Trump’s unintended consequences: Detroit down, Toyota up

Senior Managing Director Masayoshi Shirayanagi, and Executive Vice President Moritaka Yoshida. (c) Bertel Schmitt

If you sought a break from the depressing news emanating from major U.S. automakers, all you had to do is go to Japan, to Toyota’s Q2 results conference, to be exact. In the company’s bunker conference room in Tokyo, Toyota’s head accountant Masayoshi Shirayanagi delivered numbers in tune with Toyota’s image: Unexciting, but reliable.

But wait, there was a waku-doki number: Toyota’s operating income was up a whopping 19% compared to the corresponding quarter of the previous fiscal, while net income was up 7%. Compare that to GM, if you dare, who’s net income was down nearly 60% in last quarter, while across town in Detroit, Ford’s second-quarter earnings plunged by almost 50%.

And there was another jaw-dropper: Toyota reported an operating margin of 9.3%, up from an already very respectable 8.1% in the same quarter last year. This makes Toyota the “world’s most profitable carmaker,” says Martin Koelling, Tokyo correspondent of Germany’s financial daily Handelsblatt. German premium OEMs Audi (9.2% operating margin), BMW (8.6%) and Daimler (8.4%) are “less profitable than the Japanese,” says Koelling.

Over stretches, this morning’s results conference felt like the White House press room, as opposed to Toyota’s: Nine out of 10 questions by reporters focused on U.S. President Trump, and the answers made clear that Trump’s erratic policies are helping Japan, while Detroit is getting it between the teeth. At home, GM, Ford, and Chrysler suffer from raised tariffs on steel and aluminum, and they are getting worn-down in the cross-fire of a U.S.-China trade war that is picking up in tempo.

The already imposed U.S. steel and aluminum tariffs will impact Toyota to the tune of “10 billion yen” ($90 mln) which are already baked into Toyota’s profit outlook, Shirayanagi said.

As far as the tit-for-tat tariffs between the U.S. and China are concerned, “we are not directly hit by that,” mentioned Shirayanagi, “but some of our suppliers are.”

Should Trump make good on his threat on raising tariffs on car imports from the rest of the world, however, Toyota would have to revise its numbers. “This is not in the profit forecast,” said Shirayanagi. He confirmed numbers published a few days ago, stating that the threatened tariffs could drive up the U.S. price of a Toyota Camry by $1,800, “and therefore the impact would be quite significant.”

Senior Managing Director Masayoshi Shirayanagi, and Executive Vice PresidentMoritaka Yoshida. (c) Bertel Schmitt

Shirayanagi’s colleague Moritaka Yoshida, who actually was here to talk about Toyota’s production prowess instead of trade politics, mentioned that Toyota has “10 production location in North America, and 1,500 dealers, and we give jobs to 137,000 people. We have also announced plans to invest $10 billion over the next 5 years there.” Yoshida said that the global free trade framework was good for customer and society, and that his company “hopes it will be preserved and maintained.”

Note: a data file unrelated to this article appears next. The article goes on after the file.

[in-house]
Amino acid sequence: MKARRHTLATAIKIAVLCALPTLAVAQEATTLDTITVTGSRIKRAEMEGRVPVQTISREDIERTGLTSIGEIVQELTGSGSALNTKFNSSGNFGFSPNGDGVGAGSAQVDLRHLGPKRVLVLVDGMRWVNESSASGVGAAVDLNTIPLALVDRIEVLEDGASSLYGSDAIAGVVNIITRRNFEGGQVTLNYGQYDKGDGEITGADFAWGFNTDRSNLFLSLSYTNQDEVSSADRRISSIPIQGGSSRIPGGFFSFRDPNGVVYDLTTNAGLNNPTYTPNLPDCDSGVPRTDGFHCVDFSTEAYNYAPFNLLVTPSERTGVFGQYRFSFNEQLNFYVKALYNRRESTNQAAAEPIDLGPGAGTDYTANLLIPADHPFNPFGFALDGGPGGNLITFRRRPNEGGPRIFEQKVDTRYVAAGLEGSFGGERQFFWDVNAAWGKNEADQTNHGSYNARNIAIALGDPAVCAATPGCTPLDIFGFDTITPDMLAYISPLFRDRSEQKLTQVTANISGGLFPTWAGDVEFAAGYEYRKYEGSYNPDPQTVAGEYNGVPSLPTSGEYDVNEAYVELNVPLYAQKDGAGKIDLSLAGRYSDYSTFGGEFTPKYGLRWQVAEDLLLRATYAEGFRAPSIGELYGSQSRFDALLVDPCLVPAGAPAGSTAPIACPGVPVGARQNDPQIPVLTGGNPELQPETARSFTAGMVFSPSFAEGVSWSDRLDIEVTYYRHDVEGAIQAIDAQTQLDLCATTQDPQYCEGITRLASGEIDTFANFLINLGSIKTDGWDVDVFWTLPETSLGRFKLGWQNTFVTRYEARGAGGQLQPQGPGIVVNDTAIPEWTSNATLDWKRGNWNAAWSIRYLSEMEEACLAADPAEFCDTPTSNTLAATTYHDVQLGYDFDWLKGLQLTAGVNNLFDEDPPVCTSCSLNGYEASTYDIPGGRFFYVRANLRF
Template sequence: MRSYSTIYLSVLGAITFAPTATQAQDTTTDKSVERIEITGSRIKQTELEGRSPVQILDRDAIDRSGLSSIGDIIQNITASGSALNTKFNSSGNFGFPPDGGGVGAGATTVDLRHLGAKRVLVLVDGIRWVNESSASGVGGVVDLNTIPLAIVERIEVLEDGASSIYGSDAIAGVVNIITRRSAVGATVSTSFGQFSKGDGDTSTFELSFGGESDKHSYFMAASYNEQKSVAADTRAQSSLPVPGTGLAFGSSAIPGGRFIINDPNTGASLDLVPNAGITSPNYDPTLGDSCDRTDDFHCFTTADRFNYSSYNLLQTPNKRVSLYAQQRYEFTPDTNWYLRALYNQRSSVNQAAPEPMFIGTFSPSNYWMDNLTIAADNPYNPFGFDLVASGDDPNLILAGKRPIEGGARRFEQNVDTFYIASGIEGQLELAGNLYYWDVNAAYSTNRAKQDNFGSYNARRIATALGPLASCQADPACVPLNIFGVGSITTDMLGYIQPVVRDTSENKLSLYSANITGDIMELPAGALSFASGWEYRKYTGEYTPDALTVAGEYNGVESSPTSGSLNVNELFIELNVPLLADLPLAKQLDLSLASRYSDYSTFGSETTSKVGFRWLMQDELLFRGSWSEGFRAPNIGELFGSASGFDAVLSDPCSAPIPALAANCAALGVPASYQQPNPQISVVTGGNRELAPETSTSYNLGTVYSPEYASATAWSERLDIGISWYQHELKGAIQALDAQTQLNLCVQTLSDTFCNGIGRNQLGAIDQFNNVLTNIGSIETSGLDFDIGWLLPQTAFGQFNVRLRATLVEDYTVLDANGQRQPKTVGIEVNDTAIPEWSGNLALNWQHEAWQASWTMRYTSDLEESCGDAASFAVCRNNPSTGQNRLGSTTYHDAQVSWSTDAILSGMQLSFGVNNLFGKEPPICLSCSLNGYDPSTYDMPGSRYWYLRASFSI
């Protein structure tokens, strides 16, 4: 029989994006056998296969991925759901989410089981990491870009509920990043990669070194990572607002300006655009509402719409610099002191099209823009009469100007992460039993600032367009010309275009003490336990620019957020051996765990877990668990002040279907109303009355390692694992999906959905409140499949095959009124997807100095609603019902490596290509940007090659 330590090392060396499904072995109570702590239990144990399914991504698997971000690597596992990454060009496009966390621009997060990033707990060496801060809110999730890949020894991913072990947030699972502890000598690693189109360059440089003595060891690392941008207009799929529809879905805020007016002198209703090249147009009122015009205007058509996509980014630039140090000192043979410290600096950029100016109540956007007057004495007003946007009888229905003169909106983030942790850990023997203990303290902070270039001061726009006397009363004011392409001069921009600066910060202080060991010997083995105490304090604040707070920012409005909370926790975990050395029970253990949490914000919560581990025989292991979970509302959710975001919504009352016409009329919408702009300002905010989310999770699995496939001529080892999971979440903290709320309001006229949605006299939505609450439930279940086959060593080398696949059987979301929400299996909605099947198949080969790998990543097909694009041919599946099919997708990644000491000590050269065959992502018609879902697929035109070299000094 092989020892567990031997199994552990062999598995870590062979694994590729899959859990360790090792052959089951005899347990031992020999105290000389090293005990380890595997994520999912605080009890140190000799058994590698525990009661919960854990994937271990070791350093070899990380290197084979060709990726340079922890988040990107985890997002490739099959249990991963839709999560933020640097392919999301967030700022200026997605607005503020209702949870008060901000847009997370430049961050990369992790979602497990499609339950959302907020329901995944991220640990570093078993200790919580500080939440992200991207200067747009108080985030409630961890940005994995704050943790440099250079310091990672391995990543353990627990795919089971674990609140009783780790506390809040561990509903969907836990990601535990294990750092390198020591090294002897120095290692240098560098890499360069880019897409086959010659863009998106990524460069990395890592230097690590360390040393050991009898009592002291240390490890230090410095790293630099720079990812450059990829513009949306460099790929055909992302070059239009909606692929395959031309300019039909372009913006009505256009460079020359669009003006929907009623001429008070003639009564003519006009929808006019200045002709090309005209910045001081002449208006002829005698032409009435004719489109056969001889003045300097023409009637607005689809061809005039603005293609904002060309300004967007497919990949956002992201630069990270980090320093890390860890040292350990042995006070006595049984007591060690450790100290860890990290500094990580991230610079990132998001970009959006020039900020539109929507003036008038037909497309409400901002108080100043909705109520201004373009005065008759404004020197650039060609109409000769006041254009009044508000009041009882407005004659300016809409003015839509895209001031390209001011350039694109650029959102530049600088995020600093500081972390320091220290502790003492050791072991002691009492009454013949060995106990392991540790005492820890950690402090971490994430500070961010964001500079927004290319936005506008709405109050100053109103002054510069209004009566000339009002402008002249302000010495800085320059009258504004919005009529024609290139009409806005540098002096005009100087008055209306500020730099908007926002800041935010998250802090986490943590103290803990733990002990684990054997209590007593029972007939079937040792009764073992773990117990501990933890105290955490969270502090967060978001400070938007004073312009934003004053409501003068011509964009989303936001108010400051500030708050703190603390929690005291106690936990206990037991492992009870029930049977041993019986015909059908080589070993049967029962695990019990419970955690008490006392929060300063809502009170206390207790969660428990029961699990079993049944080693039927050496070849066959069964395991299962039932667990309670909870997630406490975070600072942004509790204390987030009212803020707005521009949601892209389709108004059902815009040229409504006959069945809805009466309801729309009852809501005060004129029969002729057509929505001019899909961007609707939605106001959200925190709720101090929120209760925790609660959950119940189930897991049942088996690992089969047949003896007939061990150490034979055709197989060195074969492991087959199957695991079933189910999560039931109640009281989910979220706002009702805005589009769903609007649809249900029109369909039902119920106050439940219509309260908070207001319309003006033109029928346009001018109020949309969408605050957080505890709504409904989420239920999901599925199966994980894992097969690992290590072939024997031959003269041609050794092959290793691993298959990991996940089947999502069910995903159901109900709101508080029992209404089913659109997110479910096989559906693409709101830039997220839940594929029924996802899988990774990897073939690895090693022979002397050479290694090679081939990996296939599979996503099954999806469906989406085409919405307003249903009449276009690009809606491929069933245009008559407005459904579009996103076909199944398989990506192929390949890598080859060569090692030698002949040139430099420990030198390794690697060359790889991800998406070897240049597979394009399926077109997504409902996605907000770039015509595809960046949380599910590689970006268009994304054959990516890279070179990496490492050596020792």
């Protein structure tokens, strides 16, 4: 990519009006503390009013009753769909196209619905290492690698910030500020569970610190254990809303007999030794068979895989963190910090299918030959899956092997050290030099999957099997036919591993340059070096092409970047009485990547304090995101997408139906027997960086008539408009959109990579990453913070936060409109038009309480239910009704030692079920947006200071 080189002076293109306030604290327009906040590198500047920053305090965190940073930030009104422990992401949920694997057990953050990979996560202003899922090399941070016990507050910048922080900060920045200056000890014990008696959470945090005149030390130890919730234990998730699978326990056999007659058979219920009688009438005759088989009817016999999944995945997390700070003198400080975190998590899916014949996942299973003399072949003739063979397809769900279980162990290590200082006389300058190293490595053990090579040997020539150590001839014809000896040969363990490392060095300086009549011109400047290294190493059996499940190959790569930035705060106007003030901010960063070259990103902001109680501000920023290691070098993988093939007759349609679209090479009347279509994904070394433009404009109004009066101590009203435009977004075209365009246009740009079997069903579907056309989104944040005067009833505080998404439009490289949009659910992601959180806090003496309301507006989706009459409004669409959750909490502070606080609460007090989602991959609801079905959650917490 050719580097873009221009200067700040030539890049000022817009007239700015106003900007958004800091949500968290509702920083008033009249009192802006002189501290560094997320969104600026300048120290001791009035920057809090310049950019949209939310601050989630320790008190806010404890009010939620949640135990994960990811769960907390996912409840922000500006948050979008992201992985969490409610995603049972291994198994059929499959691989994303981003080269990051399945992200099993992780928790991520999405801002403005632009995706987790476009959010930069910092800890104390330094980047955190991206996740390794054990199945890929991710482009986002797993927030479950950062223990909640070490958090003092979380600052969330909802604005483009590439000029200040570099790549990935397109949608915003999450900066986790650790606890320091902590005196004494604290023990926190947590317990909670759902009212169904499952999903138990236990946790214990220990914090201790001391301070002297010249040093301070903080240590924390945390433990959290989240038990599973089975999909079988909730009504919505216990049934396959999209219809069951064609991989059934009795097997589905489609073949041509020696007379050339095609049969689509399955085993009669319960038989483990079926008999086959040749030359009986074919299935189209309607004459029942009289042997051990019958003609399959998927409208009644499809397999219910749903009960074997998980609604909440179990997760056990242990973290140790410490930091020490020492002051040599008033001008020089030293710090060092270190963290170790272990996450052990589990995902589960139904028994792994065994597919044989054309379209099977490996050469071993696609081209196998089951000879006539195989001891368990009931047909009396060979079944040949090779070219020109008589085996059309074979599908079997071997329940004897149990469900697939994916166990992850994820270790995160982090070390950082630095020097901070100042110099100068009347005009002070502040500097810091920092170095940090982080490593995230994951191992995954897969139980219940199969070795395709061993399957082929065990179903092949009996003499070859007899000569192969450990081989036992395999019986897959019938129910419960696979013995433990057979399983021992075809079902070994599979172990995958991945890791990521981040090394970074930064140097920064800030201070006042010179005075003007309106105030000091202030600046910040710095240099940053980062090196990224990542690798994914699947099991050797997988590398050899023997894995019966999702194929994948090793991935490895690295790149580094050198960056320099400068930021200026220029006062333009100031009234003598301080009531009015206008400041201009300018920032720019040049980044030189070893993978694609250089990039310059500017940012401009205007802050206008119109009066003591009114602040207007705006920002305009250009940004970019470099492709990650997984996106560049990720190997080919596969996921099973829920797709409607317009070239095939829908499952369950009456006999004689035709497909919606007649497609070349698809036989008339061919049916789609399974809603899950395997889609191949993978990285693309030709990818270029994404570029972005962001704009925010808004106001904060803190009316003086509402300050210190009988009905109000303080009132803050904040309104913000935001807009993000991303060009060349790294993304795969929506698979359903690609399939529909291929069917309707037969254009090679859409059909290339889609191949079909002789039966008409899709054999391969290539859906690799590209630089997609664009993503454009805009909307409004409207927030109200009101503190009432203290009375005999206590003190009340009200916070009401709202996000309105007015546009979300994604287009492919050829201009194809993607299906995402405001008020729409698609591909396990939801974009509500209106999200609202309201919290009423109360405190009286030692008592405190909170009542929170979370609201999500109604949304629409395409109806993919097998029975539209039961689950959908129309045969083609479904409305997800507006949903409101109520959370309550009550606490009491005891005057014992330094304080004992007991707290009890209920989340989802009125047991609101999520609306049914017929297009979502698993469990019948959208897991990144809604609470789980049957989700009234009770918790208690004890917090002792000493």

Some of the extra expense incurred by Trump’s tariffs can be recouped elsewhere by Toyota, along with many other global OEMs.

Last month, Toyota’s exports from Japan to China became cheaper, due to China lowering its import tax on cars from 25% to 15% before it raised the tariff on cars imported from the U.S. to over 40% in retaliation to Trump. Toyota’s sales in China are up strongly. Ford’s China sales were down 25%, GM’s were basically flat.

China is by far the world’s largest car market, accounting for nearly a third of the world’s total industry volume. China also is GM’s largest single country market.

In Trump’s simplistic reasoning, Detroit has not much to fear from higher tariffs between the U.S. and China. Indeed, nearly all of GM’s and Ford’s cars sold in China are made in China. But then, it is GM, and not Chinese automakers, that imports Made-in-China cars to America in somewhat appreciable numbers. 19% of all Buicks sold in the U.S. last year were China-made. This week, GM filed a request with the U.S. government to be exempted from the Section 301 punitive tariff on certain imported goods from China.

Trump overlooks that Detroit has much more to lose in China than its negligible imports and exports. For many years, Japanese-branded cars led Chinese charts with a market share of over 20%. When a dispute over a few rocks in the East China Sea boiled over in 2012 between Japan and China, sentiment turned against Japan-branded cars in China, and their market share dropped by half at the height of the crisis. It took Japan’s automakers many years to claw back most, but not all of their losses.

A major trade war with the U.S. arguably would be more serious for China than a few uninhabited islands some say it never really owned. Likewise, Detroit is more exposed to a Chinese flareup than Japan ever was. Between GM, Ford, and FCA, more than 5 million U.S.-branded vehicles were sold in China last year. GM accounted for more than 4 million units, meaning that 42% of GM’s 2017 global sales were in China.

The public usually is not aware of this exposure. The New York Times is developing some sensitivity to the looming danger, writing that “Chinese officials have suggested in recent weeks that if the United States proceeds with tariffs on a very wide range of Chinese goods, then Beijing may also retaliate against the Chinese-owned operations of big American companies. From Apple to General Motors, a long list of large American enterprises have transferred extensive operations to China and could be vulnerable to any response from Beijing.”

If ‘drive American’ suddenly becomes the wrong thing to do in China, GM would be bankrupt again.

PS: Too much editorializing you say? If you want Toyota’s quarterly results in all their gory details, the they are here, and here, and here, and here.